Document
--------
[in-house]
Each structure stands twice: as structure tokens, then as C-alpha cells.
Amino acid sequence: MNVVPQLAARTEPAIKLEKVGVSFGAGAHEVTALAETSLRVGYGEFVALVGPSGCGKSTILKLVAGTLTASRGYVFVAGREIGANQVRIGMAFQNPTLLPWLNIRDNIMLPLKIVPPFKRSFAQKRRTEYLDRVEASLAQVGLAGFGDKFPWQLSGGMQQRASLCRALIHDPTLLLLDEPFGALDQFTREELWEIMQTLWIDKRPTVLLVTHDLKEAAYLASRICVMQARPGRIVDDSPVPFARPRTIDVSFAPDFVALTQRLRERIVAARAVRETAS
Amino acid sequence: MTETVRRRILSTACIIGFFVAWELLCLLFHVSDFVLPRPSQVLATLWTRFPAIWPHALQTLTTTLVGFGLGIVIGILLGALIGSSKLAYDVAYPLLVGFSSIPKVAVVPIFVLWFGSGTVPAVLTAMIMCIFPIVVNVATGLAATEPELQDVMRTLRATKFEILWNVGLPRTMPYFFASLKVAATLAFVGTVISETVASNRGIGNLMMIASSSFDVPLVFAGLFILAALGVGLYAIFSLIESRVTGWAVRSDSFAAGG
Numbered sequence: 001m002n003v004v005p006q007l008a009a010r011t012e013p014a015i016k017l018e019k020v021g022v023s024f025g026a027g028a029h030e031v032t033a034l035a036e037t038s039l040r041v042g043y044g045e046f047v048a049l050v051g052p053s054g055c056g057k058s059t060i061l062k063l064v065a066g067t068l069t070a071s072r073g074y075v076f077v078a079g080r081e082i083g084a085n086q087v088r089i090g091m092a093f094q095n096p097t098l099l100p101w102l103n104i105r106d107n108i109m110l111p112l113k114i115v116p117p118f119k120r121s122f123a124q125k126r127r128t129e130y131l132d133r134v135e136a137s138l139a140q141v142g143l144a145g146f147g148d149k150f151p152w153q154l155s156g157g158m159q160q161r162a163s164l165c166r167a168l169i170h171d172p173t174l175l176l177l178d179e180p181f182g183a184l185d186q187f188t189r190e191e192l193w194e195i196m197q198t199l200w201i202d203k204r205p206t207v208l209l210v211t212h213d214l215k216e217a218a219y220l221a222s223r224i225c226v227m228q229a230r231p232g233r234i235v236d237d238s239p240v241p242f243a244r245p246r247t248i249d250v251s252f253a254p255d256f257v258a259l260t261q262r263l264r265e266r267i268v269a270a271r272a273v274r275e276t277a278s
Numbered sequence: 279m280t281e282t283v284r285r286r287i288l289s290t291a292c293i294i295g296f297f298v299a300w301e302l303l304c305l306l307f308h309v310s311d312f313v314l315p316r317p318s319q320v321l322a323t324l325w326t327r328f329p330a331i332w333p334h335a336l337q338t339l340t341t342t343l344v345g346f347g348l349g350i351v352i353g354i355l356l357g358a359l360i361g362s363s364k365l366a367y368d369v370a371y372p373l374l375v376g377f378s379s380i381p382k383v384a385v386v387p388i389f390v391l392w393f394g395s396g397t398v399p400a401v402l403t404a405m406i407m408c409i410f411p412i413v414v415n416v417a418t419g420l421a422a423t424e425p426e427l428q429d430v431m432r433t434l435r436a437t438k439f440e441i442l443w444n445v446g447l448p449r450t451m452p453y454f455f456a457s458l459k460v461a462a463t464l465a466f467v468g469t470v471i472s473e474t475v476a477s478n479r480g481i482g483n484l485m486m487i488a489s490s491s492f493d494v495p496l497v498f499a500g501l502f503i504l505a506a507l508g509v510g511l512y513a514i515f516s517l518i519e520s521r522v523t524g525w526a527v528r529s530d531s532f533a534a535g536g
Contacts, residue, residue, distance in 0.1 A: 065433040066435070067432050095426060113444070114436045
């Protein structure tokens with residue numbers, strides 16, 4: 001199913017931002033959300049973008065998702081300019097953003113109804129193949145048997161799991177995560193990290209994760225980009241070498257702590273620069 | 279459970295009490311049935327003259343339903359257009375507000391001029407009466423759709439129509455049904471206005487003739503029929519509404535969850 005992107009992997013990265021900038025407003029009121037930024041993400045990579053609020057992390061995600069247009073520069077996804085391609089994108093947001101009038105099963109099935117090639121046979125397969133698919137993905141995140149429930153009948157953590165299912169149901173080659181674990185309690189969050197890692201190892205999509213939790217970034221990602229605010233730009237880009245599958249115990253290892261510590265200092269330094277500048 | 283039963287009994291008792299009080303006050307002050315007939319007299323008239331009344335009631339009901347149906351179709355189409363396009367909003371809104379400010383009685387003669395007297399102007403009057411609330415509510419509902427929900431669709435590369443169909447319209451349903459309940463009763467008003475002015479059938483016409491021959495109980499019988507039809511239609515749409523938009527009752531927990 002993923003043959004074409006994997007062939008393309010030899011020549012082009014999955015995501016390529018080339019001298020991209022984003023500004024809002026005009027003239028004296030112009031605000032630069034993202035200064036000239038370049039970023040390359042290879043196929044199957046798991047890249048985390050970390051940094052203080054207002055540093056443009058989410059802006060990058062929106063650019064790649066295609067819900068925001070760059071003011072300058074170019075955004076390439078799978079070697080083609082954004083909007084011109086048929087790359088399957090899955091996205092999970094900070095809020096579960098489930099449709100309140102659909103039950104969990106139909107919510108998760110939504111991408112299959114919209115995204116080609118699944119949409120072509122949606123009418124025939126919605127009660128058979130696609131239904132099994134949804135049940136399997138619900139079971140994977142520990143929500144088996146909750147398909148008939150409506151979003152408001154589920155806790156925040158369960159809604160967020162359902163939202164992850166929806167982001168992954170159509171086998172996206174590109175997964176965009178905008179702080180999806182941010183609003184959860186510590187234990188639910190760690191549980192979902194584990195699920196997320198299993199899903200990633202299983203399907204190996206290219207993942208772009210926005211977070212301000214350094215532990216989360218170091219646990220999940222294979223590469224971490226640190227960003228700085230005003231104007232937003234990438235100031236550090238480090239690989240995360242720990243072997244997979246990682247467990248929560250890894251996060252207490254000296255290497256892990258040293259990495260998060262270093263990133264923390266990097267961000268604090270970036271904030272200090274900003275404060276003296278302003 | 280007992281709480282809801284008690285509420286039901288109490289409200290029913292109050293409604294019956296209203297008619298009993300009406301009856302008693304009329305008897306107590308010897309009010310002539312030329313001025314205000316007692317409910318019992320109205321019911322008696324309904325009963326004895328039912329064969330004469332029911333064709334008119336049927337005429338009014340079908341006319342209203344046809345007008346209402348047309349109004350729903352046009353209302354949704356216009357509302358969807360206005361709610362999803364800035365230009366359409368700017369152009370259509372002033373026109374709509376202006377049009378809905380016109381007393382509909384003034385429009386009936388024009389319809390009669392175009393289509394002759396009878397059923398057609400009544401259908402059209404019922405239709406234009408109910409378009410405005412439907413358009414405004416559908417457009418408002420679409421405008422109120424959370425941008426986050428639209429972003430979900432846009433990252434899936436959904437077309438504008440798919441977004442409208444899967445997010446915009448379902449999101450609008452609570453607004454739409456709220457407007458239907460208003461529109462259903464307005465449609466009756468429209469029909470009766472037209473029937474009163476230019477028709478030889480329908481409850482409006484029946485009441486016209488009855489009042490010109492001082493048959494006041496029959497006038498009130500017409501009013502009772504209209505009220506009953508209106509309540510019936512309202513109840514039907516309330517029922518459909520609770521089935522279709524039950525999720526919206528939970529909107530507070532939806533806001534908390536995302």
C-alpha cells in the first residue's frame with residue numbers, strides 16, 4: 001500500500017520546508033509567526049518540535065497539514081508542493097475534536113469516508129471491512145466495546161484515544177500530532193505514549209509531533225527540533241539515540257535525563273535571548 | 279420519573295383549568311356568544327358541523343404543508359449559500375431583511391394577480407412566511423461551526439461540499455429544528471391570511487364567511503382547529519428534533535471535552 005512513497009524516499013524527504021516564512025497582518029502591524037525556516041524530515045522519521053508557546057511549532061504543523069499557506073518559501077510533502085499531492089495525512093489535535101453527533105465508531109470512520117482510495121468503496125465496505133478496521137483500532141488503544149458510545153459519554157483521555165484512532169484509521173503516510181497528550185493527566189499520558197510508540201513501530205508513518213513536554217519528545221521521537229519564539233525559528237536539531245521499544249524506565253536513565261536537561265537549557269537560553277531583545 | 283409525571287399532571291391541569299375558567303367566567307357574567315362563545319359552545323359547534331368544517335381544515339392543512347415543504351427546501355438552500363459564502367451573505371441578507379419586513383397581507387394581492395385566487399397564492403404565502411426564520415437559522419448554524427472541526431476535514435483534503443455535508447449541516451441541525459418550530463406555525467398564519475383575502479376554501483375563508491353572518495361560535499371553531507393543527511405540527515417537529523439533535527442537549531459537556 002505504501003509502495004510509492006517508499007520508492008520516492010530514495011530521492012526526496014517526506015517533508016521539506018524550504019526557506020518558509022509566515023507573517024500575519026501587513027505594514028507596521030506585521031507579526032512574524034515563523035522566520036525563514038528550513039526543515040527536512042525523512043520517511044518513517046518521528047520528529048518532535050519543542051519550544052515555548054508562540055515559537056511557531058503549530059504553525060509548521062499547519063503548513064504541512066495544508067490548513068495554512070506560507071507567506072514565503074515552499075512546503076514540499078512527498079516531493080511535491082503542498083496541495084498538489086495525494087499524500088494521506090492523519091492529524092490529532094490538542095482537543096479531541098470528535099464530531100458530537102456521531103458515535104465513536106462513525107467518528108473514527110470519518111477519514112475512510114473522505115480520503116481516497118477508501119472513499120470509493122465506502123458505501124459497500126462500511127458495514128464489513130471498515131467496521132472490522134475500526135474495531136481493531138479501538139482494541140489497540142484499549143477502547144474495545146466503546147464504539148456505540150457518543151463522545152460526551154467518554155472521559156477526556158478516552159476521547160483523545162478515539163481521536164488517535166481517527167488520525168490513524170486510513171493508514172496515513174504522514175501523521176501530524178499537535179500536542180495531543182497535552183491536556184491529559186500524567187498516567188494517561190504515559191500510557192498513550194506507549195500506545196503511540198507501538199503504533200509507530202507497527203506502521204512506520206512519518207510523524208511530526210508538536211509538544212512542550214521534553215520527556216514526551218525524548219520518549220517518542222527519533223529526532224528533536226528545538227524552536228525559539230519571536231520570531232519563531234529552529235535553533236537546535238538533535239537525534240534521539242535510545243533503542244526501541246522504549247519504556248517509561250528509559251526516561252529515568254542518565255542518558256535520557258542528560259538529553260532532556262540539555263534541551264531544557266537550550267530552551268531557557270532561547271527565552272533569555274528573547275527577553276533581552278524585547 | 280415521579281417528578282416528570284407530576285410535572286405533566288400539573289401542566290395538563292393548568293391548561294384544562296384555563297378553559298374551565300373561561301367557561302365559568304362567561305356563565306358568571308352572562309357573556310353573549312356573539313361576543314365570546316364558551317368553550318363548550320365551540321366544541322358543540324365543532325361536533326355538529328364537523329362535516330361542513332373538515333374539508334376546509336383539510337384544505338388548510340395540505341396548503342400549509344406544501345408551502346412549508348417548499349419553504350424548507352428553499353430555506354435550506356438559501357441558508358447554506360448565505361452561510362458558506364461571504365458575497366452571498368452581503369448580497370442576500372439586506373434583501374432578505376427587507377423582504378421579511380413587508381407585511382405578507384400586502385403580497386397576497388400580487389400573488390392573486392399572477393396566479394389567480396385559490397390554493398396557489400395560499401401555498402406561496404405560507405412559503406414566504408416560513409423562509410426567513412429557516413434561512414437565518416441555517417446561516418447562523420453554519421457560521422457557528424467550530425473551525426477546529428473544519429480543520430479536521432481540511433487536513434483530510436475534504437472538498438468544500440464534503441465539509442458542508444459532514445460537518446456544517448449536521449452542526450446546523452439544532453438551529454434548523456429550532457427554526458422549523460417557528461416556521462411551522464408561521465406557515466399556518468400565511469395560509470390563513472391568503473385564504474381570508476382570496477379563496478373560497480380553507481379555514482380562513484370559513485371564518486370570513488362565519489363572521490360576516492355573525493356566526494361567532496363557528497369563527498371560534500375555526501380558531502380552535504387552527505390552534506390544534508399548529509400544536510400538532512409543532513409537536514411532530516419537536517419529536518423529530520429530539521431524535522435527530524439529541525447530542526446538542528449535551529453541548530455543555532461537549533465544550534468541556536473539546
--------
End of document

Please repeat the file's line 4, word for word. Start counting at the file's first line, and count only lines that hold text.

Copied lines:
Amino acid sequence: MTETVRRRILSTACIIGFFVAWELLCLLFHVSDFVLPRPSQVLATLWTRFPAIWPHALQTLTTTLVGFGLGIVIGILLGALIGSSKLAYDVAYPLLVGFSSIPKVAVVPIFVLWFGSGTVPAVLTAMIMCIFPIVVNVATGLAATEPELQDVMRTLRATKFEILWNVGLPRTMPYFFASLKVAATLAFVGTVISETVASNRGIGNLMMIASSSFDVPLVFAGLFILAALGVGLYAIFSLIESRVTGWAVRSDSFAAGG